We find the trains to be very efficient, generally clean, usually on time, often crowded, but worth every penny we pay. 2nd Class requires no pre-booking, no reserved seating, no real planning. You simply show up.
A suggestion when boarding with a companion, have one person carry the bulk of the luggage, and send the more agile, agressive person ahead to secure seats. In Italy there is no real concept of standing in line. Expect to be pushed and have others cut in front of you. The only remedy is to do exactly the same thing, and don't give way to the seemingly infirm. Often it is an act, and a very effective one at that. When in doubt however...
Our trip to Ferrara cost 4.30 euro one way, for one person from Padova. The trip takes a bit more than an hour.
The centre of Ferrara is approximately 20 minutes walking time from the railway station. Actually, the outer walls of the city are just across the station, but the castello, located in the heart of the old city, is a bit of a hike to make, especially if loaded with luggage.
- Budget Travel
I arrived in Ferrara by travelling from Bologna on the autostrada and then entering Ferrara from the south on Via Bologna. I parked just inside the city wall near Porta Paola in a square called Piazza Travaglio. There are meters here which cost €1/hr. Very easy!
Bicicle - simply the best
There is no other way to see Ferrara better than to take the bicycle for a short trip. Everyone there uses the bicycle. Just do it in the morning, before it gets noisy and before shops open. You'll just love this trip through the narrow streets, looking at the old, colourful little houses.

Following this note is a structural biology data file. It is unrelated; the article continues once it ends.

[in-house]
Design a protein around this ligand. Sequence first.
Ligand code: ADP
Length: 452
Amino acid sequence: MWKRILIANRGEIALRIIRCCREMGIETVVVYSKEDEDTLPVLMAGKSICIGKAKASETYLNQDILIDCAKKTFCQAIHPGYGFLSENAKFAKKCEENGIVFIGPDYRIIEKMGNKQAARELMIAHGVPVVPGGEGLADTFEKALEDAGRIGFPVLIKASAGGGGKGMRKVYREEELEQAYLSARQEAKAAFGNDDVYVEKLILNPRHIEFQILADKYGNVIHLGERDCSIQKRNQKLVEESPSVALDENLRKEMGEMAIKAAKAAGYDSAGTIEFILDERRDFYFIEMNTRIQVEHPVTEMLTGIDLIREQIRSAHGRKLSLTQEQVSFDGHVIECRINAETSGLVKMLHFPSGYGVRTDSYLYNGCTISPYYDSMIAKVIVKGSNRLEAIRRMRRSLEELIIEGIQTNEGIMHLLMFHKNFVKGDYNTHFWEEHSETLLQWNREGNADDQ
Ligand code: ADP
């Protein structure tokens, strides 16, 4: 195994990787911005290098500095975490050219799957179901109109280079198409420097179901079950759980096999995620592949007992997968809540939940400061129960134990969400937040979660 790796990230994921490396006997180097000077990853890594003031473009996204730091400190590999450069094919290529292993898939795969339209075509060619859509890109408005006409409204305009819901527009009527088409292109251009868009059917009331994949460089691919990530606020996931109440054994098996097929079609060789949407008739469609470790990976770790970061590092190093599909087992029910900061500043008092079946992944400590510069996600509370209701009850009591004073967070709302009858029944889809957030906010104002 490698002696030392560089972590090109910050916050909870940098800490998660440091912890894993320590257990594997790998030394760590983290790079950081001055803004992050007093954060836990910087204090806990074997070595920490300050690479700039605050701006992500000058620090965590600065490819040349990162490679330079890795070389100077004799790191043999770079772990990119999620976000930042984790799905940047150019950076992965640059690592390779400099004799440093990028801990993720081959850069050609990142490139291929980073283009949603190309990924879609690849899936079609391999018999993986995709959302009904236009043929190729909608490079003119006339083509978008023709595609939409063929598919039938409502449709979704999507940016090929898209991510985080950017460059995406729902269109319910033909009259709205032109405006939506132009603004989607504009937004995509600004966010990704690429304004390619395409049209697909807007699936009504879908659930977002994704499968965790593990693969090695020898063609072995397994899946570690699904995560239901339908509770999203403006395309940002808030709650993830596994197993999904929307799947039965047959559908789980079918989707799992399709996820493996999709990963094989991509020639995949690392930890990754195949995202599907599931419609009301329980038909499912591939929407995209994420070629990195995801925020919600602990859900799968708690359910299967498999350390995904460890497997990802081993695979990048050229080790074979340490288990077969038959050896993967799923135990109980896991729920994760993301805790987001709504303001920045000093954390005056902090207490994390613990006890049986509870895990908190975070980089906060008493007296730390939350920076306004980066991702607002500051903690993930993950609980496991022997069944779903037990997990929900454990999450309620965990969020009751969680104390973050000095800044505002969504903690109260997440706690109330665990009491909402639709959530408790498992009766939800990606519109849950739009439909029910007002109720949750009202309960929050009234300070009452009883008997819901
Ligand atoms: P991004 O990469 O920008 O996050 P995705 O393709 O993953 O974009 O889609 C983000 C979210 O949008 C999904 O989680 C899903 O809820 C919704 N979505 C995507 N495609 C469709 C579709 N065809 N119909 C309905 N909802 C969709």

How to get to Ferrara
FERROVIE DELLO STATO, Railway Station, Piazza Stazione, 4 -Tel. (information) 8488 88088 - URL: http://www.fs-on-line.com
Ferrovie Padane - route Bologna-Ferrara-Codigoro ? Railway station Porta Reno, Via Foro Boario, 27 - Tel. 0532 94182;
Ferrovie Suzzara Ferrara - route Ferrara-Suzzara-Mantova - Railway Station, Piazza Stazione, 4 - Tel. 0532 52153
Motorway: A 13 - Bologna - Padova; uscite: Ferrara Nord, Ferrara Sud.
Motorway connections: from Ferrara, exit Ferrara-south of the A 13 motorway, Motorway Ferrara-Portogaribaldi (Lidi di Comacchio) or A-roads "Adriatica" (N.16) from Ravenna, "Porrettana" (N.64) from Bologna-S.Matteo della Decima; from Ferrara, exit Ferrara-north of the A 13 motorway, A-roads (N. 255) from Modena and "Virgiliana" (N.496) from Mantova.
B-roads: Ferrara-Copparo-Mesola-Goro; Ferrara-Malborghetto-Copparo-Ro; Ferrara-Ravalle-Bondeno; Ferrara-Contrapò-Denore -Formignana; Ferrara-Tresigallo-Massa Fiscaglia-Comacchio; Ferrara-Masi Torello-Ostellato-Comacchio.